Cops fighting speed camera tickets hurts county's image, officials say
Examiner Staff Writer
July 16, 2009
The four Montgomery County police officers who won't have to pay their speed camera tickets are undermining the public's opinion of the police department and the speed camera program, elected officials said.
"This is a small group of officers who are refusing to pay when it appears they should have to," said Council President Phil Andrews, D-Gaithersburg/Rockville. "The public is resentful when public employees are treated different than private citizens, unless there is a valid reason for the action."
The Examiner reported Wednesday that a Montgomery County judged tossed tickets of four on-duty police officers who were caught by speed cameras. Two of them were driving twice the speed limit, driving 50 and 51 mph in 25 mph residential zones.
Councilman Marc Elrich, D-at large, said the officers may have had legitimate concerns about their tickets. But he said that news accounts of officers fighting speed camera tickets, even if it's over police department procedure, doesn't help the county's efforts to promote speed cameras as a fair and effective public safety tool.
"The public doesn't delve much into the details and it just sounds bad," he said.
Elrich said the county and police union need to create a mutually agreeable policy that will clearly define when police officers are exempted from paying speed camera tickets.
"We should be able to figure this out, it's not rocket science," Elrich said.
Currently, the county's Fraternal Order of Police union advises its members not to pay tickets stemming from speed cameras. Past President Walter Bader said the union's opposition is based on the department's "haphazard" procedure for assigning officers tickets, and not a belief that officers should never have to pay speeding tickets.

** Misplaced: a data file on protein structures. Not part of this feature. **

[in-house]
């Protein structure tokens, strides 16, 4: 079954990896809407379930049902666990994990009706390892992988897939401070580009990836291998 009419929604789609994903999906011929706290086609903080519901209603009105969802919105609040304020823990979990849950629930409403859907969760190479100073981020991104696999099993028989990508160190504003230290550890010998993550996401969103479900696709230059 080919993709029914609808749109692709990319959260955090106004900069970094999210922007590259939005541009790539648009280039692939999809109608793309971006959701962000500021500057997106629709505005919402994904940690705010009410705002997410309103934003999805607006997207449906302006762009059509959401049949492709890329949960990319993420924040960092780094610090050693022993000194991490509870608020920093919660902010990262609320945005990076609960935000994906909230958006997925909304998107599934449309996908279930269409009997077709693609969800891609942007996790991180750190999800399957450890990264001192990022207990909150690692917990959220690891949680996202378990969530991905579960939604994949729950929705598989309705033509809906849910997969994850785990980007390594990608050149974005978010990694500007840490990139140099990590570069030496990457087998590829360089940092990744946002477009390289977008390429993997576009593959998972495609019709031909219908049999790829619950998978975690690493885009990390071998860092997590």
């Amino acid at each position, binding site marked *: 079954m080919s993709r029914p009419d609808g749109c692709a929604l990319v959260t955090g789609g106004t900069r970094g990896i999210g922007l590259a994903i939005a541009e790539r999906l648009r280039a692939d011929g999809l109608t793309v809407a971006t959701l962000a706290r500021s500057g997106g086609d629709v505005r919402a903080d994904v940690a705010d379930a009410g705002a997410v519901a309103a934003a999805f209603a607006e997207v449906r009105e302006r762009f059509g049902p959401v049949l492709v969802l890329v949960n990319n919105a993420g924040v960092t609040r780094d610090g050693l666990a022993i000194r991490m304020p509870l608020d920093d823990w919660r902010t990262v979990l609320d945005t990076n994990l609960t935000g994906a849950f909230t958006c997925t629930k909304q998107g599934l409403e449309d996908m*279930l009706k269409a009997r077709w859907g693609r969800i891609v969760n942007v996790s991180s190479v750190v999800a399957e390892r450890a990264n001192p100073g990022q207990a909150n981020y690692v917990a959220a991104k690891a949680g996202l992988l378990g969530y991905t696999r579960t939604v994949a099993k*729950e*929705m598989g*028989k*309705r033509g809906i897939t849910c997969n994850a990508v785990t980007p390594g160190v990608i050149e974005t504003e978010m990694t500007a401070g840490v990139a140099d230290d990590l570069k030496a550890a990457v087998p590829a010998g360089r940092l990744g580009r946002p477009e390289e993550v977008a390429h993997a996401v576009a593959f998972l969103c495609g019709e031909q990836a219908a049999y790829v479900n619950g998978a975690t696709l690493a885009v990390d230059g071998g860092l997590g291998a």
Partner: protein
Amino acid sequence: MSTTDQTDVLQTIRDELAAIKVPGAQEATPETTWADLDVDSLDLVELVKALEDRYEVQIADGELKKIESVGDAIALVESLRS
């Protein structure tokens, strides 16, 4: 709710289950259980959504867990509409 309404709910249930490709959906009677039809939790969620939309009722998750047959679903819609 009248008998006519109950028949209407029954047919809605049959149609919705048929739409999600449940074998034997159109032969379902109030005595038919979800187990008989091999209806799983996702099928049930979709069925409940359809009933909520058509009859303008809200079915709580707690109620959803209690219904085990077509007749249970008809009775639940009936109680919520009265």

"The only thing we have been advocating is a process to sort these cases out," he said.
The officers' attorney said speeding was frequently a part of the officers' jobs and it was unreasonable for them to be asked to remember why they were going over the speed limit weeks or months after they had been photographed by a speed camera.
The judge said the county's failure to have a written policy regarding speed camera tickets violated the officers' right to due process.
But the state's attorney's office, the police department and the county executive's office said the county already has a valid process for assigning speed camera tickets to its officers.
"Police department policy is clear: If officers don't have a good reason to be speeding they have to pay tickets, same as everyone else," said County Executive Ike Leggett's spokesman, Patrick Lacefield.
The county's elected officials have been strong supporters of speed cameras, and Leggett recently doubled the number of fixed cameras from 30 to 60 in the county.
Lacefield added that he doesn't think the police union's complaints will affect the public's perception of the police department or of the speed camera program.